Pasig River’s Revitalization: A blend of aesthetic appeal and functional progress

The Pasig River rehabilitation project transcends mere aesthetic enhancement, unfolding a multifaceted development plan that prioritizes functional utility, boosts tourism, and strengthens transportation networks across the metropolitan area. This undertaking aligns with President Ferdinand R. Marcos Jr. and First Lady Liza Araneta-Marcos’s vision of a revitalized and interconnected urban landscape.

Department of Human Settlements and Urban Development (DHSUD) Secretary Jose Rizalino Acuzar, who also presides over the Inter-Agency Council for the Pasig River Urban Development (IAC-PRUD), reaffirmed the project’s ambitions. 

“Our goal extends beyond beautification. We’re laying the groundwork for a Pasig River that enhances tourism and transportation options, directly benefiting the Filipino populace,” Secretary Acuzar stated, echoing the aspirations of the First Couple who spearheaded the inaugural phase of the project on January 17.

The project’s launch phase, featuring an inviting pedestrian walkway by the iconic Manila Central Post Office, has already garnered widespread attention, becoming a focal point for community engagement and media coverage.

With the label Pasig Bigyang Buhay Muli (PBBM), the initiative envisions the Pasig River as a bustling hub for tourism and economic vitality, and as a solution to the perennial traffic woes by weaving together road and water transportation.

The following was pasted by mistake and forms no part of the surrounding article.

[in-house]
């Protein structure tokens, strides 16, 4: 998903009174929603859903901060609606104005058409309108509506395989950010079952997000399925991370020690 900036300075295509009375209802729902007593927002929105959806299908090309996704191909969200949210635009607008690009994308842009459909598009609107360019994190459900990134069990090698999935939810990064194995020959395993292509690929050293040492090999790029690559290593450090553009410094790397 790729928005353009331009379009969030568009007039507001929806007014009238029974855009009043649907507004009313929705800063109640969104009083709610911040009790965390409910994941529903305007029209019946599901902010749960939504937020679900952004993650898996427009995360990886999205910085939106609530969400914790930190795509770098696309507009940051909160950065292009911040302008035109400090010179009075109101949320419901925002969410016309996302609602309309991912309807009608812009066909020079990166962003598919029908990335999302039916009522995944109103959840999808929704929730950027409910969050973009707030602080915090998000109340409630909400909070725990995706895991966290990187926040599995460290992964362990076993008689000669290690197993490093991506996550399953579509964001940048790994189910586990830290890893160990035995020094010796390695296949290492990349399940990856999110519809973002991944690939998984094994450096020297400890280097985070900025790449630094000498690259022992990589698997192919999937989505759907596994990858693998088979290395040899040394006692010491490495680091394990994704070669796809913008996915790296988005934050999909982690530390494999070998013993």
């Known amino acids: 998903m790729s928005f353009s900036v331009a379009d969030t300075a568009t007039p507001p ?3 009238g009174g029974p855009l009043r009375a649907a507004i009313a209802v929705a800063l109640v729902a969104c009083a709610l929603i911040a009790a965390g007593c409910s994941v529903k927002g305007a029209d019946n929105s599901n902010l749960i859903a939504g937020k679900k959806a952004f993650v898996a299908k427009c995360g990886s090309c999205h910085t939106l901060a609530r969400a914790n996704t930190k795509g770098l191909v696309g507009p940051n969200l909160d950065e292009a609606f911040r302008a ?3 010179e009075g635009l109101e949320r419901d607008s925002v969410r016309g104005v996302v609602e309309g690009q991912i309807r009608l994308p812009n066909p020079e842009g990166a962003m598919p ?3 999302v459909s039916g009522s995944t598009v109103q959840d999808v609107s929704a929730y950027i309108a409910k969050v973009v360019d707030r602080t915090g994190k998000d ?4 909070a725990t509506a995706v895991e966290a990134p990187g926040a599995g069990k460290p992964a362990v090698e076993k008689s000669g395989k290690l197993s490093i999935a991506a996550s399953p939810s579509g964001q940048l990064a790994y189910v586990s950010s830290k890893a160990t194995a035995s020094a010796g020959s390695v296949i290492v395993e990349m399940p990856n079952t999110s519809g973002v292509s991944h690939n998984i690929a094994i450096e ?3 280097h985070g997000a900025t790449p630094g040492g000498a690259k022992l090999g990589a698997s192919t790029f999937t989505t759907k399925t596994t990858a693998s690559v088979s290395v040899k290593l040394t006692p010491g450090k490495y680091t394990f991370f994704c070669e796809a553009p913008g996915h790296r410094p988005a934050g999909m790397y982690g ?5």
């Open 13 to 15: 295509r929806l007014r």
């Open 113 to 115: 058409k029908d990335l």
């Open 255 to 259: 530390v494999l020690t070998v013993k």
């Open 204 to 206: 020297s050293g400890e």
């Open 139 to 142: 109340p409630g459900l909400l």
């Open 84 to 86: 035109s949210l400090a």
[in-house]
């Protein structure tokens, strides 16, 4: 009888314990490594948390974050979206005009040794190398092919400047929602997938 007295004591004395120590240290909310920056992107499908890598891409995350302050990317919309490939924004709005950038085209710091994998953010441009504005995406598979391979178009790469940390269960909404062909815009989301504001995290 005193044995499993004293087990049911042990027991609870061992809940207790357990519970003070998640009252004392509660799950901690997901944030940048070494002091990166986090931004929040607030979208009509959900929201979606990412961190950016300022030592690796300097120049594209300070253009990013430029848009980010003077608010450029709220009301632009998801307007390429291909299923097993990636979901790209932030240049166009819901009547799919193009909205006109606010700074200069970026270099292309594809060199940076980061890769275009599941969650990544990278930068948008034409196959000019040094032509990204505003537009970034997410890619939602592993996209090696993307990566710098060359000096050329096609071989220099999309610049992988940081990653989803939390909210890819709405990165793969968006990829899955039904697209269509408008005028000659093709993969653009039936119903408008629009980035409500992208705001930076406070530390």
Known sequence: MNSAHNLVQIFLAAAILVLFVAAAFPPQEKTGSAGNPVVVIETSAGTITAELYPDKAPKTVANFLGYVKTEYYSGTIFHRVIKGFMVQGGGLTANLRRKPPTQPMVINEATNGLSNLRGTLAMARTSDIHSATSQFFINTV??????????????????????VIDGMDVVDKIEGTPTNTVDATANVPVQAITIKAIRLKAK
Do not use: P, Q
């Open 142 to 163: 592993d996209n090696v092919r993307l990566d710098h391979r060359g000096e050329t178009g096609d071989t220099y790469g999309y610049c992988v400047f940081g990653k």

Spanning nine strategic sections and weaving through various cities from Manila Bay to Laguna de Bay, the project promises a 25-kilometer continuous pathway for pedestrians and cyclists. Bridge-walks are set to bridge the divide between land and river transport, serving as vital links to the water ferries.Echoing the inaugural showcase, eight additional zones are planned along the riverbanks, envisioned as vibrant, park-like realms for communal enjoyment and social gatherings, detailed Secretary Acuzar.

“This is just the beginning. Rest assured, our efforts are ongoing and unwavering,” he assured.

Projected to reach completion within three to five years, the project also benefits from the support of private contributions.

The overarching goal is to elevate the Pasig River to the stature of celebrated international waterways like London’s Thames, Bangkok’s Chao Phraya, and Paris’ Seine, all of which are surrounded by thriving commercial and mixed-use developments.

Secretary Acuzar envisions the Pasig River not only reclaiming its historical significance but also achieving a transformative rebirth, becoming a functional and vibrant lifeline for the city. “We aim to restore the river’s historical magnificence and infuse it with new vitality through thoughtful and practical development,” he concluded.